Vanessa sees Mina in a vision, and helps Malcolm explain her situation—under the influence of an unnamed Dracula, who might be connected to the Hidden Ones; food for vampires somewhere gross—before the crew takes a midnight excursion to the London Zoo. After Ethan has quite a strange dog-whispering moment with some of Dracula's wolf familiars, they lead us to our story's Renfield—a mesmerizing young floor-licking madman named Fenton—and Malcolm brings him home for torture... All of which seems to be part of Dracula's plans.
While Ethan and Malcolm have quite a row about the ethics of enhanced interrogation, in the end Vanessa's cool counsel brings Ethan and Victor back into the fold, and the group ends the episode more entangled with each other than ever. The closer they get to the end of days, and to finally tracking down poor Mina, the more their weird backstories begin to twist around each other, informing and distorting them the way the show started out by promising.
Outside Monster Club, though, things remain complex. Vanessa will be running back into Dorian Gray next week, but spends this one mostly backing up the others as they work through their private issues: She asks Ethan whether his love affair with Brona will end in Gaelic sadness after all, and her poetic bond with Victor remains strong. Ethan, on the other hand, shows bizarre powers in his run-in with the Children of the Night, which somehow brings us finally to a place where all his secrets and ellipses seem to be taking on actual weight.
Of everyone, maybe even Sir Malcolm, Victor's got the heaviest weight. After his beloved Proteus was murdered last week, we start this episode with a series of flashbacks explaining how we got to that point: First, his dog died and mother took horrifically ill on the same day, giving him an obsession with overcoming death that could be central to the apocalypse prophecy the mummies warned us about. Back in Paris, his first creation—a screaming, scarred, blood-covered lunatic—frightened him so much that he locked the monster up and ran away forever.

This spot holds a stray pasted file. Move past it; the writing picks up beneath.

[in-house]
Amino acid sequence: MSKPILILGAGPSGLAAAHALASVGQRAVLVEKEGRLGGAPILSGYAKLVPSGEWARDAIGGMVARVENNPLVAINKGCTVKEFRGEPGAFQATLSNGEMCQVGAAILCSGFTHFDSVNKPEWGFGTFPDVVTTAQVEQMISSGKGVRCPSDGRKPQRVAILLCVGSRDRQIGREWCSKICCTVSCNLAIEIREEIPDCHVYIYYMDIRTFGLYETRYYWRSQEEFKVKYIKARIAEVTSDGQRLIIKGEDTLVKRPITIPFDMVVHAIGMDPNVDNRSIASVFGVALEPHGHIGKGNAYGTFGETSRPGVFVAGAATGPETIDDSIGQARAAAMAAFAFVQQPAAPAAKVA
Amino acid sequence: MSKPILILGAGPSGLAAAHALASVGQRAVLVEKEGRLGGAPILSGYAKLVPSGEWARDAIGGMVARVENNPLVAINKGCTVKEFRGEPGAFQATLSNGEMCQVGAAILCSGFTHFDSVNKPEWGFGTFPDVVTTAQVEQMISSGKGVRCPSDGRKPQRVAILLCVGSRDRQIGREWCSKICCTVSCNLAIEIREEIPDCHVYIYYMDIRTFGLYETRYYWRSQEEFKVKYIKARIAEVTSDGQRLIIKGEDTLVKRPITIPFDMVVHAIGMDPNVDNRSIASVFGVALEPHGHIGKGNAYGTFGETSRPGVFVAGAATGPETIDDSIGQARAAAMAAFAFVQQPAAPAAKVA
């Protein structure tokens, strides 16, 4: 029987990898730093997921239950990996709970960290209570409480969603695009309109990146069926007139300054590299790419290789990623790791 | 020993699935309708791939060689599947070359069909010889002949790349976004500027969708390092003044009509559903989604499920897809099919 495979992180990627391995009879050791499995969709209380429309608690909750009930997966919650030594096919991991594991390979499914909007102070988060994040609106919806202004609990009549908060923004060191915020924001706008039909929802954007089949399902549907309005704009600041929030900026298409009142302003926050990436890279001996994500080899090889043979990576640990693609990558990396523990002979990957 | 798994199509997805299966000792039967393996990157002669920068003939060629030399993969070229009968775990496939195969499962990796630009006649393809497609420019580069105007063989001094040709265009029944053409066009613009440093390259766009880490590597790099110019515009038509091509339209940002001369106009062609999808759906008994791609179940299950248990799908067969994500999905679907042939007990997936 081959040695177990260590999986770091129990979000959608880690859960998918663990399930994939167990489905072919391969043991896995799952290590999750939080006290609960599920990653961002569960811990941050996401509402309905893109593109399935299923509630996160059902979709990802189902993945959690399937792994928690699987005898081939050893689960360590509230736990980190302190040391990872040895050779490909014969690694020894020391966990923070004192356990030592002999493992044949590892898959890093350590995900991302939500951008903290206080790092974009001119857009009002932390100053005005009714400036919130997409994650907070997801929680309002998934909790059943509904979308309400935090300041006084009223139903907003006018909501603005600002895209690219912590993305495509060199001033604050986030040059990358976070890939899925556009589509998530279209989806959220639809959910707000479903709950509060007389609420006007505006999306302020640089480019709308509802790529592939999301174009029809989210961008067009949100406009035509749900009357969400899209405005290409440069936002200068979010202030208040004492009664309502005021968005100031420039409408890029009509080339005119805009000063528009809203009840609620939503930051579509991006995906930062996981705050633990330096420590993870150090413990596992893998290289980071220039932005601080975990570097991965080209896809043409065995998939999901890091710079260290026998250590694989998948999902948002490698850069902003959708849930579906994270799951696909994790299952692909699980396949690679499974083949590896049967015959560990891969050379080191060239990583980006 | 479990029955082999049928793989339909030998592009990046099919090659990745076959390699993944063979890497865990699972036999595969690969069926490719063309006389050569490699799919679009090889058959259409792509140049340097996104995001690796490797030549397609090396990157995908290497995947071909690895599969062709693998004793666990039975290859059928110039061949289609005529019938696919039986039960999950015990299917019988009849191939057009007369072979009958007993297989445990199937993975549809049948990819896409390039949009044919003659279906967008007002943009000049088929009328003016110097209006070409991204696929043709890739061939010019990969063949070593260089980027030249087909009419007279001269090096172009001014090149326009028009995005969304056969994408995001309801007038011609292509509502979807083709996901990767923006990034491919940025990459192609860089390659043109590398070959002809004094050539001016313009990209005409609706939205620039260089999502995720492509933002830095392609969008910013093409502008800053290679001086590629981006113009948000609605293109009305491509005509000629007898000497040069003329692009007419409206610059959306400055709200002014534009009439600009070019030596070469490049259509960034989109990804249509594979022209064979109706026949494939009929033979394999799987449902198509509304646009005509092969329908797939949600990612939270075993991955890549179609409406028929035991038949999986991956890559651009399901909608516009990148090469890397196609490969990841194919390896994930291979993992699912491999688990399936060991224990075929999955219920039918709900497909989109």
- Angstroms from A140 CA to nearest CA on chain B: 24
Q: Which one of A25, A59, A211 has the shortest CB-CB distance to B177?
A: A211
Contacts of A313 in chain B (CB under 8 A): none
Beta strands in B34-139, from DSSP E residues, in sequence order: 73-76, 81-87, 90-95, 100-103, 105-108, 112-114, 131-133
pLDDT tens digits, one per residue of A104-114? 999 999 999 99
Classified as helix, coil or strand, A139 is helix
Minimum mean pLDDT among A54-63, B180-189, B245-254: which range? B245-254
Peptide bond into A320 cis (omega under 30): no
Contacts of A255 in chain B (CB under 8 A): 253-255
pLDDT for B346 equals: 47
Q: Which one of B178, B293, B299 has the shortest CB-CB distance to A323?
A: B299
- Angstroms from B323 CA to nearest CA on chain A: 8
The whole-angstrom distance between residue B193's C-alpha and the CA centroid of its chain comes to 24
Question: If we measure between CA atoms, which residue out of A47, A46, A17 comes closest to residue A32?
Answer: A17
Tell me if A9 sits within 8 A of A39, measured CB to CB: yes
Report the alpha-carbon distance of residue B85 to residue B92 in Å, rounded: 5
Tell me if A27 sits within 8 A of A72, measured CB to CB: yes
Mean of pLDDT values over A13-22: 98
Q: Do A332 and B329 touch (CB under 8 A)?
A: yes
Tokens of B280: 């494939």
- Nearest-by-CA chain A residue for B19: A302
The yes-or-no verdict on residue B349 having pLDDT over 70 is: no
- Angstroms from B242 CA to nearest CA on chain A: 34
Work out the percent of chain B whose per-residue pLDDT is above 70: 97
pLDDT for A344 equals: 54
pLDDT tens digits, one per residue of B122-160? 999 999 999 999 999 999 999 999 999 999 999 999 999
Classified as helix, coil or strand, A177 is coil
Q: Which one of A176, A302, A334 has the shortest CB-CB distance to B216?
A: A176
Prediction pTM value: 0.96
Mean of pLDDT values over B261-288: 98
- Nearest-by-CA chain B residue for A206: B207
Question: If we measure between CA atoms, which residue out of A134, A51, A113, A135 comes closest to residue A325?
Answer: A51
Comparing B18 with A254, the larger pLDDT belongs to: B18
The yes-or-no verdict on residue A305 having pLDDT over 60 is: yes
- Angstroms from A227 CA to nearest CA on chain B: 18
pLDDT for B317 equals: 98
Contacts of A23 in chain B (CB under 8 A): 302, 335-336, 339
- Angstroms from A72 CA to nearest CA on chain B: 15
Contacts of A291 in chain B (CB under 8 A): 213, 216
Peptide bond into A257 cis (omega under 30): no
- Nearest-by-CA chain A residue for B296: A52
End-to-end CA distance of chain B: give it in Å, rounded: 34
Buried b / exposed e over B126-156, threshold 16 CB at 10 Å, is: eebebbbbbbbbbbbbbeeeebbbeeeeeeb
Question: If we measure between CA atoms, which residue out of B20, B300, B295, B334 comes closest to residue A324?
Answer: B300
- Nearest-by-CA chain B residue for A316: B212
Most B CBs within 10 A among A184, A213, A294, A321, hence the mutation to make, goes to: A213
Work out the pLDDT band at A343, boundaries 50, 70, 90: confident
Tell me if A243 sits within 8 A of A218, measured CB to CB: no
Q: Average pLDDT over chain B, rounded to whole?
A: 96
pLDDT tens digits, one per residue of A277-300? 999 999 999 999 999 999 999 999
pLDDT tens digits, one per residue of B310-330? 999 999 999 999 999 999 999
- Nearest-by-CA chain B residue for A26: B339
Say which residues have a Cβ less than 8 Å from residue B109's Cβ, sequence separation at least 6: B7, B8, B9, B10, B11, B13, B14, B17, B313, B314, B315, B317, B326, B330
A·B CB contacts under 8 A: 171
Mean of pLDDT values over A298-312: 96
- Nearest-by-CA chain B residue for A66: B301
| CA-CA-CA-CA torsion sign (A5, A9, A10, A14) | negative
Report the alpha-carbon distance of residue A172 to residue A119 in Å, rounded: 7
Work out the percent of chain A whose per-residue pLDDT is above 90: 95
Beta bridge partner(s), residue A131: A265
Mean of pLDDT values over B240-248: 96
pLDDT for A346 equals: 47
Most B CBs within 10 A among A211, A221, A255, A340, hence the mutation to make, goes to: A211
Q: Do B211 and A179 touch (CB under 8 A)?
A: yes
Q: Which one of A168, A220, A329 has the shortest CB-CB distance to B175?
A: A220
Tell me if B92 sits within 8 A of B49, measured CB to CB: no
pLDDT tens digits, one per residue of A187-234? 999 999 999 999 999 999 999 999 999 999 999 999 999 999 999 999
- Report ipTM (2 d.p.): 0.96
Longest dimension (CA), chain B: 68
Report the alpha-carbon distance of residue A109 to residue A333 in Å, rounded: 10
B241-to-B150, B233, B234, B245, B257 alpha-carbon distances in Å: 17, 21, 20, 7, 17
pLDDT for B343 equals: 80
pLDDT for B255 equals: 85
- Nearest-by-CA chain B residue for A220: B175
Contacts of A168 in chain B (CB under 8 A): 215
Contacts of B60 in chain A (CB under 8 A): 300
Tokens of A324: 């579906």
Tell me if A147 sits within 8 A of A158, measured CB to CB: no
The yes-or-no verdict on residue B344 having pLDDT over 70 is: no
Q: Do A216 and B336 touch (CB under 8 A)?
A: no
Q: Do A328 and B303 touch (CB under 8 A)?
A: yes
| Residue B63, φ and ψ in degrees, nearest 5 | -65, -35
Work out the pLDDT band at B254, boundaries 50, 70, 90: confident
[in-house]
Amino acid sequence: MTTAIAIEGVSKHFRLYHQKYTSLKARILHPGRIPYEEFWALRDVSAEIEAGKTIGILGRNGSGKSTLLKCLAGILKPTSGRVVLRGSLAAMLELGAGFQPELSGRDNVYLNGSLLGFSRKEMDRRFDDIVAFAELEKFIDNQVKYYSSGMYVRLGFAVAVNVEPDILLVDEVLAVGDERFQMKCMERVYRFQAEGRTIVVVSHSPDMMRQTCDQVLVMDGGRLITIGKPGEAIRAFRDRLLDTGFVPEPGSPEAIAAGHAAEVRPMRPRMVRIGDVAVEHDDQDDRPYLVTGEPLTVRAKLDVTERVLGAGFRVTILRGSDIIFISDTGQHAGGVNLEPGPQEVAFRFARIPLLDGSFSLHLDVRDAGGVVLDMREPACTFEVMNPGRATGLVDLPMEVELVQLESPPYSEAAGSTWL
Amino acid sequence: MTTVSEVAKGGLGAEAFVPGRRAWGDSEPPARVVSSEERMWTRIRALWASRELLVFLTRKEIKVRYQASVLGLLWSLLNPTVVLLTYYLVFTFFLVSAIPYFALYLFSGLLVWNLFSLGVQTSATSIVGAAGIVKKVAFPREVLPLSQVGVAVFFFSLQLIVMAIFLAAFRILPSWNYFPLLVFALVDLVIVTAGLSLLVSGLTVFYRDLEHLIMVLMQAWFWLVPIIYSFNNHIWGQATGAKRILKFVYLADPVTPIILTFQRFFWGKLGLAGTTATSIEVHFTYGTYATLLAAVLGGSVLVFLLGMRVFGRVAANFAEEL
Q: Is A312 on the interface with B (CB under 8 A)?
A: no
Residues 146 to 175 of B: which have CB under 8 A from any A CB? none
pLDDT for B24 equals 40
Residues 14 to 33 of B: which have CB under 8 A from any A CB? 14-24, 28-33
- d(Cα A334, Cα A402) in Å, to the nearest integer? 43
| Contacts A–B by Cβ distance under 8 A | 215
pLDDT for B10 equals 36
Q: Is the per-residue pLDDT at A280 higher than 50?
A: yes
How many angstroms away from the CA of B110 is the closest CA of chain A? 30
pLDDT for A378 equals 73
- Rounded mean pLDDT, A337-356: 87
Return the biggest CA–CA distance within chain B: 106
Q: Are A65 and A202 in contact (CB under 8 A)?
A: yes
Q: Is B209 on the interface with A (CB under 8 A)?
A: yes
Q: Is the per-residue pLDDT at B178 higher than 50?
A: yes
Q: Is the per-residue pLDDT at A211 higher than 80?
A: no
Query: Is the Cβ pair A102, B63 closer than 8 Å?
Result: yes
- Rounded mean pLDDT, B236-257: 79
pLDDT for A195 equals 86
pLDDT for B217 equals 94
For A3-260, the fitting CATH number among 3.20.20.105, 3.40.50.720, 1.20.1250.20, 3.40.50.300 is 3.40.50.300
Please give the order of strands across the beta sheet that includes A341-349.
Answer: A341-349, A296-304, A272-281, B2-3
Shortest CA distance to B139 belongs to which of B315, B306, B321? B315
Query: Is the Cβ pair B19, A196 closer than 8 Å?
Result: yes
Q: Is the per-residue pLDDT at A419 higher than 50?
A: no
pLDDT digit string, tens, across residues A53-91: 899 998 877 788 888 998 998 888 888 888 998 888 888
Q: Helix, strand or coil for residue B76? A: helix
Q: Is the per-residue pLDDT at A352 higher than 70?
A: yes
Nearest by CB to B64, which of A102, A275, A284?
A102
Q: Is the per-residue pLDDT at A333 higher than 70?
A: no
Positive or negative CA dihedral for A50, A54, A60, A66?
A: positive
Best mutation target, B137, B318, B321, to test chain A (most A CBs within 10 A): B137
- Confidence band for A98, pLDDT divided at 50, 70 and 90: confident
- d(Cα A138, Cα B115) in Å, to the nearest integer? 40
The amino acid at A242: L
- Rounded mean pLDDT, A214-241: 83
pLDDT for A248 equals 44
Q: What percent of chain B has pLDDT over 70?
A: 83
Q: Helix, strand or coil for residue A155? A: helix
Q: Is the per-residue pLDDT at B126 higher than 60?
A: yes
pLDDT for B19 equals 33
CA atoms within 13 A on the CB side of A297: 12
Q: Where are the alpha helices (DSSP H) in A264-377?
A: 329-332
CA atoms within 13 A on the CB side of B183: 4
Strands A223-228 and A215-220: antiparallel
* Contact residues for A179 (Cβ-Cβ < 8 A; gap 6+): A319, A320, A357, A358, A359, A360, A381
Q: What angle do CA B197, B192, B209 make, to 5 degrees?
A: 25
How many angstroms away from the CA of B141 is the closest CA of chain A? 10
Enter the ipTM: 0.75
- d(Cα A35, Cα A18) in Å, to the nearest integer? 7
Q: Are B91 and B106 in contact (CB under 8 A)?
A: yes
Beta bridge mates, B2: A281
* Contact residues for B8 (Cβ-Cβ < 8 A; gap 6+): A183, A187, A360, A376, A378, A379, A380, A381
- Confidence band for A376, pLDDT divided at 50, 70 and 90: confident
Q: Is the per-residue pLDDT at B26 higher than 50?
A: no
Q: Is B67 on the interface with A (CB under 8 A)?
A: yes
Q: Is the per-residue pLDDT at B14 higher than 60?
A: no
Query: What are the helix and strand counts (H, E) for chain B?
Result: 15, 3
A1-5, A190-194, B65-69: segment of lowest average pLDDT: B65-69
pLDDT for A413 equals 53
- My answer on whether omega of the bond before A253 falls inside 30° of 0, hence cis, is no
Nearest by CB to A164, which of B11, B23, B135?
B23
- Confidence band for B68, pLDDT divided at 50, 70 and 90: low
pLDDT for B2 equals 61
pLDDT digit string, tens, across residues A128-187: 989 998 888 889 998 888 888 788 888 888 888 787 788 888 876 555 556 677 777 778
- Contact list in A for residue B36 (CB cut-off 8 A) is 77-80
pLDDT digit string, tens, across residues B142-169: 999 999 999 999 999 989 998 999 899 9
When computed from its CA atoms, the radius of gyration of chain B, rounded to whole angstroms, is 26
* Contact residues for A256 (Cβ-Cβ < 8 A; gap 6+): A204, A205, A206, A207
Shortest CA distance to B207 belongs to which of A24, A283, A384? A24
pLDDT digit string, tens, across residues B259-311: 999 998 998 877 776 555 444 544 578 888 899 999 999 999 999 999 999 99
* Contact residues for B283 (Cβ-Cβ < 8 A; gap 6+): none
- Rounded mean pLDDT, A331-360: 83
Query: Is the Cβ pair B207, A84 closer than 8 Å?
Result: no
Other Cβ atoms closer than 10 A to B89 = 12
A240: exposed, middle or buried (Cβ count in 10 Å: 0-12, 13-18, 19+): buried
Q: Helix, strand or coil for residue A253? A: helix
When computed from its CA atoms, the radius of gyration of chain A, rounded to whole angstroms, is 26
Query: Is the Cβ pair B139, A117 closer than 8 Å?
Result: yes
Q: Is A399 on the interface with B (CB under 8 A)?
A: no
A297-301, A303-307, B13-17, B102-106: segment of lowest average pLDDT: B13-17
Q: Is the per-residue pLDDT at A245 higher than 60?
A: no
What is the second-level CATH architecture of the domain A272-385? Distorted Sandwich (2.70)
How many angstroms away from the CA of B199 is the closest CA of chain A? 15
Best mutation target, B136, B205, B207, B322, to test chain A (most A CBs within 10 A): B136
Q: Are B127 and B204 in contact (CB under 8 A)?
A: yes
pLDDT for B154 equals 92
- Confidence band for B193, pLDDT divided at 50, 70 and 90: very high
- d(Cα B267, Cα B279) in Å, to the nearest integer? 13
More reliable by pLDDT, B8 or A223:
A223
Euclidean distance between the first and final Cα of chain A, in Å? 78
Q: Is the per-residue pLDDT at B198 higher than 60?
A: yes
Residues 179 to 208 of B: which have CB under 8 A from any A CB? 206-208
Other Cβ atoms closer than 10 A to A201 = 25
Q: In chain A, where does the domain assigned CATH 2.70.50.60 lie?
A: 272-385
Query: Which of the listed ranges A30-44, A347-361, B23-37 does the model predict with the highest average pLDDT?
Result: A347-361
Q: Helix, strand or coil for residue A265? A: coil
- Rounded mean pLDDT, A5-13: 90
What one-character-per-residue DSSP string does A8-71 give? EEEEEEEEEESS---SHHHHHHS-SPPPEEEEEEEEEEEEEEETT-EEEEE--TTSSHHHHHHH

It's this "firstborn" who narrates the slow first half of the episode, in a gross and florid way of speaking we see he learned at the hands of an obnoxious actor at the infamous Theatre du Grand Guignol, who gives him a place to live and work, and exposits a huge bolus of Wikipediana about the gaslight days in the process. Now, the corpse—now called "Caliban," because theatre people don't know from subtletly—is back, and has taken his revenge by killing his brother right in front of their creator and then talking a load of shit for about one hundred years.
Victor's in no mood for this business, finding nothing to love in his flawed creation, but Caliban assures him he's not there to take Proteus's place: He's chased Victor to London to demand a Bride, on pain of death, making of him basically a second (third?) Ripper in the process. Turning the gorgeous romance of Victor and Proteus into merely a prelude to Bride Of Frankenstein does wonders for our empathy—we miss Proteus almost as much as Victor does—but between the bombastic monologues, the self-aware "Modern Prometheus"/Industrial Revolution/Nietzschean Übermensch commentary on Shelley's classic novel, and his smug leer, it's almost too bitter a trade to bear.